Click noise when cutting audio

Hi everyone! I am new to audio editing, and I had come across this problem yesterday. I have a violin audio that I’d like to piece together with different takes. I used a video editing tool (Wondershare) to try to piece together the video initially, but there is a click sound in between the two excerpts that I’m piecing together. I went into Audacity and tried to select the “click” portion, use the Z key, and delete, but whichever way I cut the click sound, a new one qppears in the new transition between the audio. How do you guys cut an unwanted noise without creating new ones?

Also, I tried click removal, but the noise in my audio isn’t affected.

I attached the audio file; the noise is approximately at 2:10

Audio blue waves have a natural up and down motion. When you edit or cut, you disturb that flow. The top wave is a bad edit.


*Sorry for double post, but the audio file isn’t up. Is the description clear?

See my response just above yours. You can also get the condition where you slice off one of the humps. That sounds bad too.

If you zoom way into your edit, you should never have a sharp vertical slice anywhere in your work. That’s almost always a bad edit.

Video editors don’t actually cut audio. They do a rapid dissolve which solves a lot of these problems. They also have the problem I’m sure you noticed that you can only cut on video frame boundaries.



I’m always joining bits and pieces of solo takes together. Z key on initial selection or repair usually works for me but I also use the following method

I place each segment I want on a different track in Audacity, then slide each into position.

Zoom in a long way and apply fade in/fade at either end respectively. Just fade the shortest length possible (it won’t be audible on playback and will smooth the transitions).

Zoom right in when you slide each segment (each on a separate track) into place until you end up with an inaudible nanoo second overlap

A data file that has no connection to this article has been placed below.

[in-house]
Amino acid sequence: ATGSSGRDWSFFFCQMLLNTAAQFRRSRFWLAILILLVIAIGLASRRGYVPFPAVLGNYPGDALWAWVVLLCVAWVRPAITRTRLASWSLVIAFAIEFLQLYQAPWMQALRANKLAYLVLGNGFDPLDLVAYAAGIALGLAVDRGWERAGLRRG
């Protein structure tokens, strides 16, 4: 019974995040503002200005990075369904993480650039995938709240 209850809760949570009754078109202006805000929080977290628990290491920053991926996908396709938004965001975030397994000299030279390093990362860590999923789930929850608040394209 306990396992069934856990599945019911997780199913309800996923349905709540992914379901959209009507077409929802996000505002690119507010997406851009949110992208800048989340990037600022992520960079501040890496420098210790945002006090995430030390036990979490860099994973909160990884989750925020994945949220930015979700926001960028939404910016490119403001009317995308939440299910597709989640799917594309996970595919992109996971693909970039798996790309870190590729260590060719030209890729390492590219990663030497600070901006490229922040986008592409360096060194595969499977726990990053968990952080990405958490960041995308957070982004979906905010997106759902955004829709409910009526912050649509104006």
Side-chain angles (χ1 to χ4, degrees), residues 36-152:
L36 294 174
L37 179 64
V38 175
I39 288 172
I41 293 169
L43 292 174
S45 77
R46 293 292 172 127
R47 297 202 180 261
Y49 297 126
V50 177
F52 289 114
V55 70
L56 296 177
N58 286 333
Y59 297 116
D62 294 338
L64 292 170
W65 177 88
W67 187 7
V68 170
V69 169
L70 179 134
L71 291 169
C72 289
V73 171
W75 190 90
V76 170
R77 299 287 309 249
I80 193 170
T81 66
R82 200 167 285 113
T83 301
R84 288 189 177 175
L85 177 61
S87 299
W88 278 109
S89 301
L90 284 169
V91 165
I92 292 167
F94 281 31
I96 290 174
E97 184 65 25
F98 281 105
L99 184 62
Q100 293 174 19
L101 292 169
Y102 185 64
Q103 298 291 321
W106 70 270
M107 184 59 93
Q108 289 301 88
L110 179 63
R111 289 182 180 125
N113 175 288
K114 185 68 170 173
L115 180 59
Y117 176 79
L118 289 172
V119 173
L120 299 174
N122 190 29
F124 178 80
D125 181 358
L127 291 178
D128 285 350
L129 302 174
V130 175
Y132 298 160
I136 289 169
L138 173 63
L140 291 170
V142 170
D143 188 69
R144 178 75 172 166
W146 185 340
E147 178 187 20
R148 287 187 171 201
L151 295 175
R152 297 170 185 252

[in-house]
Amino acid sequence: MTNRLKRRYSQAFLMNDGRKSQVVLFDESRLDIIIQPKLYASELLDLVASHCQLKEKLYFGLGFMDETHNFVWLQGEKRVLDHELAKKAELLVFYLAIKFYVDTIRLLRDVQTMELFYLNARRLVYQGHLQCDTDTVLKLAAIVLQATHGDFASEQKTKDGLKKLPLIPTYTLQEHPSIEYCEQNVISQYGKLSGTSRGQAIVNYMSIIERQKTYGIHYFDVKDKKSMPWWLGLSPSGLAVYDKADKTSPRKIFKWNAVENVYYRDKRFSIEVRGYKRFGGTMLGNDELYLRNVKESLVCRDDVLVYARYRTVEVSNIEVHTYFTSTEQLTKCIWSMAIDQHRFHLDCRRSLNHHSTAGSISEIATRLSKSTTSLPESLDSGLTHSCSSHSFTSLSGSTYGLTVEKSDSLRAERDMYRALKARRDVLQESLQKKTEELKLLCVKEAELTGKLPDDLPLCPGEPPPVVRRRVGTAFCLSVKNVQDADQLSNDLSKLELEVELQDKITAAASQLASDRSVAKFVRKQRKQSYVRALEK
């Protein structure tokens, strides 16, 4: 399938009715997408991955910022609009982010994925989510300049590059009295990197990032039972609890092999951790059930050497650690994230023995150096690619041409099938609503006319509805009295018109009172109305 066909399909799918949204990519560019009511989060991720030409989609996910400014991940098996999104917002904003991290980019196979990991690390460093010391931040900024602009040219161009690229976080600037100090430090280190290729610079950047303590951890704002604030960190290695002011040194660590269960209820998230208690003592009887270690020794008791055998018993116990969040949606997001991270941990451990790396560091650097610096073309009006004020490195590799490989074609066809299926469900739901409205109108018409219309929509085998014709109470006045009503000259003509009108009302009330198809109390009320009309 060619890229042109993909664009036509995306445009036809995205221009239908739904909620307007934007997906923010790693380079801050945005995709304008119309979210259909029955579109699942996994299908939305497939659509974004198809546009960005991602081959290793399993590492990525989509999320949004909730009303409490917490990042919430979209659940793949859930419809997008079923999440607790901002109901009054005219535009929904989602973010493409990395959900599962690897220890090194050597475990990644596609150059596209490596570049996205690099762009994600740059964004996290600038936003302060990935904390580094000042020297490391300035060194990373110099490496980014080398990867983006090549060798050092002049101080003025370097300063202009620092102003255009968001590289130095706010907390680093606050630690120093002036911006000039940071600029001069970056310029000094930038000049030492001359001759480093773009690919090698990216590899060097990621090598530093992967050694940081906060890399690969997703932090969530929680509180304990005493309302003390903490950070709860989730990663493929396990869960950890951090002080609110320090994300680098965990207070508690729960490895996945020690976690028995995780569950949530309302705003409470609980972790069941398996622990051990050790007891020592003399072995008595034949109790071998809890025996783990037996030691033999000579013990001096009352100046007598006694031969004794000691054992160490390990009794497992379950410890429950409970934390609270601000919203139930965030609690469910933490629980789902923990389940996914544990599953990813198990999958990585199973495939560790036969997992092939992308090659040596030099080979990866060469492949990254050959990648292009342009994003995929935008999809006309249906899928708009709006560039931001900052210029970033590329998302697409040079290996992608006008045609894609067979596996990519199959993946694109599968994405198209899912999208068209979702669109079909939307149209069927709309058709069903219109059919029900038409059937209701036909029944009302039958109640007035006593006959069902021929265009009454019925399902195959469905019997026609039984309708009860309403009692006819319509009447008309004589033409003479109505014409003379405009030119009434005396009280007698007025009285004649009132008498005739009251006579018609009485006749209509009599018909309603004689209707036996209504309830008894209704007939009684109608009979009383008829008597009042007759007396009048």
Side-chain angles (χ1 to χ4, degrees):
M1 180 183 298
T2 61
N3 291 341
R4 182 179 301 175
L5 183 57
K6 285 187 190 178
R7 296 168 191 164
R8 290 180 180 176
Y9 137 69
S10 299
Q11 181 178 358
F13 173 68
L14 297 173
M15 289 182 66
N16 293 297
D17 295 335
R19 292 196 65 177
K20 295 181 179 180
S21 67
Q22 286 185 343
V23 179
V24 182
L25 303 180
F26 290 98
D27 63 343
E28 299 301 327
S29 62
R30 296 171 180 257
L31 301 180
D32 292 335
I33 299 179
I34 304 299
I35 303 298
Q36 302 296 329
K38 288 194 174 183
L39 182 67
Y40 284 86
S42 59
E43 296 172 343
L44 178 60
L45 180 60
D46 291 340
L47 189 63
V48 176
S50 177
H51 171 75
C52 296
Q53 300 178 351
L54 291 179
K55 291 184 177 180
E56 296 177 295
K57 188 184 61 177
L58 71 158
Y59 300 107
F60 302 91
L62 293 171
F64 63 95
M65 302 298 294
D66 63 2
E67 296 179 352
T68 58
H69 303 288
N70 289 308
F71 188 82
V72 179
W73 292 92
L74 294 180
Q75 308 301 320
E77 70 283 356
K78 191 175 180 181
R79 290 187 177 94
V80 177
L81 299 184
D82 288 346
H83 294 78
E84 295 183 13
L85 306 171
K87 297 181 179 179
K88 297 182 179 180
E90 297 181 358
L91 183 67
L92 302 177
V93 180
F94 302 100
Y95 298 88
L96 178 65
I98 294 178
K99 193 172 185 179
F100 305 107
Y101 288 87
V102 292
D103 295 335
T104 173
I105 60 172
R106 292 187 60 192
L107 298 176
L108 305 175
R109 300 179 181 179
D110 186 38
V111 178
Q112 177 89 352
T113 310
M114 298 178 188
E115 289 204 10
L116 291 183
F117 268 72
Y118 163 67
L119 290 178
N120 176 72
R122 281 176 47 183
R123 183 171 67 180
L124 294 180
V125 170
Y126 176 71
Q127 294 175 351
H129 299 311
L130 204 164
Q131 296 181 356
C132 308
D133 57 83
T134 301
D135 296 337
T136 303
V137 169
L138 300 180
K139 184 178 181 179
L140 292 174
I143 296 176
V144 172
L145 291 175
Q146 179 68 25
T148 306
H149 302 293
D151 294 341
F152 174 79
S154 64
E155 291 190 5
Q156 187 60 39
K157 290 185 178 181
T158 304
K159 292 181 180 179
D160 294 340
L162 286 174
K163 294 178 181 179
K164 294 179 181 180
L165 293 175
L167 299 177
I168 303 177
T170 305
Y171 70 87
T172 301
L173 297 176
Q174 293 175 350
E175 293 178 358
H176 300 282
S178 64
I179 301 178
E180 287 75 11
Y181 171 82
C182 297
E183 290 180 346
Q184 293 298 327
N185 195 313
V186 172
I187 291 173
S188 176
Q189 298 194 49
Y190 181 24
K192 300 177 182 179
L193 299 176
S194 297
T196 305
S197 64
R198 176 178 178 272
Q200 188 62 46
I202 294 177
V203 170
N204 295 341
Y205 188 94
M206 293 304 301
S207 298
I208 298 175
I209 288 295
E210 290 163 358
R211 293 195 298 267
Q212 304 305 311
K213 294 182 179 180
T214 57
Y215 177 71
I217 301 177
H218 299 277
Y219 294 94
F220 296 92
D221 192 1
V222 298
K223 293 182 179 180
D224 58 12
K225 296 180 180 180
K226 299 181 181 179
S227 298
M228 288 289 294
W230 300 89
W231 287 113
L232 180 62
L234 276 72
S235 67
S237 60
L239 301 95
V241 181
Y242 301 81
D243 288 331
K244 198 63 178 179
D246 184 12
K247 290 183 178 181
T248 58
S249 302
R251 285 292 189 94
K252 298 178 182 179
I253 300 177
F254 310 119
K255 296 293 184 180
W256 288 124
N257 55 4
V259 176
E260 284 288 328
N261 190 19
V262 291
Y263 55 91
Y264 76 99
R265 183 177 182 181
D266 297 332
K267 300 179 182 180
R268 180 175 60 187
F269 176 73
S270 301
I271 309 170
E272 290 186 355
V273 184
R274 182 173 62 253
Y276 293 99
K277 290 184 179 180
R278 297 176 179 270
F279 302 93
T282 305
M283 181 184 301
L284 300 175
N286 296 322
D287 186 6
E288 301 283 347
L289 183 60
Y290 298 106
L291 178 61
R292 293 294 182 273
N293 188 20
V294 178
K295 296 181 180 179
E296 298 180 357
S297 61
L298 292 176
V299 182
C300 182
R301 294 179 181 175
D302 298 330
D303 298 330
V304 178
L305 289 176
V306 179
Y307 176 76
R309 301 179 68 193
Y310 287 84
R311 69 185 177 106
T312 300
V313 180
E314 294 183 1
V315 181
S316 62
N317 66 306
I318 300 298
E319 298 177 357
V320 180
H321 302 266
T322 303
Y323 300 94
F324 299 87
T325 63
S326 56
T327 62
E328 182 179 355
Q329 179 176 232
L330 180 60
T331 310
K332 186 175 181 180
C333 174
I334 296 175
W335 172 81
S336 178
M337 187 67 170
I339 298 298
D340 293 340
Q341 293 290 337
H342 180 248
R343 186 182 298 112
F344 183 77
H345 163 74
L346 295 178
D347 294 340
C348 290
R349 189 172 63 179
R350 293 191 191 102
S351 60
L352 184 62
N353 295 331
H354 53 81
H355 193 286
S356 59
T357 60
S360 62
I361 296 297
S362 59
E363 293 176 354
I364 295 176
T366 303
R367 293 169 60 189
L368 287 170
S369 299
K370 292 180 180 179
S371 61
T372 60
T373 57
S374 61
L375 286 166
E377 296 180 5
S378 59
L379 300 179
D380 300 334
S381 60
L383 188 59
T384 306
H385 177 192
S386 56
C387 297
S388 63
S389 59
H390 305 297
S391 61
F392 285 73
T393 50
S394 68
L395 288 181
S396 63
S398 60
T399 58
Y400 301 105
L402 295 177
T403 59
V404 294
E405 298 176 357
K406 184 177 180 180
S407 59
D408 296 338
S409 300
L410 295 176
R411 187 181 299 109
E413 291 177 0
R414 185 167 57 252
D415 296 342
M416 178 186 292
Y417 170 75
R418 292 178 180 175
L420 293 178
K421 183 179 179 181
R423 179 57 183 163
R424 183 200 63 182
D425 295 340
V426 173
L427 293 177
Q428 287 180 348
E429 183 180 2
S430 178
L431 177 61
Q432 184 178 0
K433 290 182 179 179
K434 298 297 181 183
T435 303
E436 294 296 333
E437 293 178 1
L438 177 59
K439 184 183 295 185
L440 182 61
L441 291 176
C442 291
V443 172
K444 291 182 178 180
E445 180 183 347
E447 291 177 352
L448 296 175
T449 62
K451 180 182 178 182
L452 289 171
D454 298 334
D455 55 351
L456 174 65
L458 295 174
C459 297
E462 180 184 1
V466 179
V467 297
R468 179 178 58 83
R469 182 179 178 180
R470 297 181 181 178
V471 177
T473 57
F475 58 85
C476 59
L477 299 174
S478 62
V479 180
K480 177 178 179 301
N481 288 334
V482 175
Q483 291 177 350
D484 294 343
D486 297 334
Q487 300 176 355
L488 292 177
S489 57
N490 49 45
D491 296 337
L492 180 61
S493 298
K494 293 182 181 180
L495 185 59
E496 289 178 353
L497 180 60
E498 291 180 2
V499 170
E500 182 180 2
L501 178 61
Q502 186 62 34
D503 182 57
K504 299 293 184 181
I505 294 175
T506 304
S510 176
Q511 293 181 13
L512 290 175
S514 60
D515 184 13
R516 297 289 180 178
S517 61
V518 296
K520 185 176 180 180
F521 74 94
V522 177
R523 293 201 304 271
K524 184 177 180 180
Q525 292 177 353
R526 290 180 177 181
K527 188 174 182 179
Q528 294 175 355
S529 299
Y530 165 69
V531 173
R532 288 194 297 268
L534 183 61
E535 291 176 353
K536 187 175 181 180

But if you do end up with clicks, the easiest way I know to find them (in Audacity) is to roughly select where the click is in normal view, then switch to spectrogram view (in the dropdown menu by the track name)
and progressively zoom in from there - you’ll likely see a line or spike where the click is - which broadens as you zoom in. Then switch back to waveform view.

Highlight the deformity and then use “Repair” from the effect menu.

Or you could start off with that. :slight_smile:

Tapeheads advice, I think, is the best solution. Placing different parts of files on separate tracks, then editing them together via the use of fade-ins and fade-out has worked. It can be consuming, but it can also work wonders.

That said, if you go this route, I’d advise you to be sure to save your work as an Audacity Project (AUP) file so you can get back into it and tweak it, if needed. There is a reason for that: Occasionally when we’re editing this way, we get too close to the file and we start to miss minute differences in timing that creep in by blending tracks.

So what I do is finish my edits, then go out for a few hours and do something. Then I return re-listen to the file. It’s only then that small unintentional timing errors sometimes become evident. Since I have every segment on a discrete track, these are then easily corrected. I learned the hard way not to scrunch it all down to a stereo WAV file as soon as I (thought I) was done!

Projects save all the tracks, positions, volumes, etc, but they don’t save UNDO.


How I wish Undo could be saved! I’ll take the hit on HD space.

I heartily agree with taking a long break Tony - I don’t always follow it though. :frowning:

Yes timing can be tricky. Several times I’ve edited a solo together over a backing track and thought it sounded O’K

But then I’d do the same thing using the freeware dj software Mixxx which has excellent beatmatching and I’m often amazed at the difference (I’m not into dj style music or mashups far from it).

The beta 1.12 version from their support forum is far better at this than the quite old now official release.

So even if the timing of the joined up solo or instrumentation is ever so slightly iffy Mixxx will adjust the timing to compensate and you can get a good reference to manually make further adjustments from.

But this only works for up to 40 seconds or a minute or so because accurate beatmatching isn’t possible for an entire song yet. I mention this because I’ve tried Mixxx and other softs to retrospectively add drums to antique rhythm tracks I recorded without a back beat for reference. It is possible but it takes around three runs of Mixxx starting at different stages of the track and then crossfading the resultant Mixxx mixes together.

Ahh kozikowski, I see your trying to do AFSK as well it looks like(and I would love to know how you got that)…

anyways, the disruption of the waveform in signal processing usually for me is the sample rate/filtering. It stinks. Thats usually what I have to deal with on a daily basis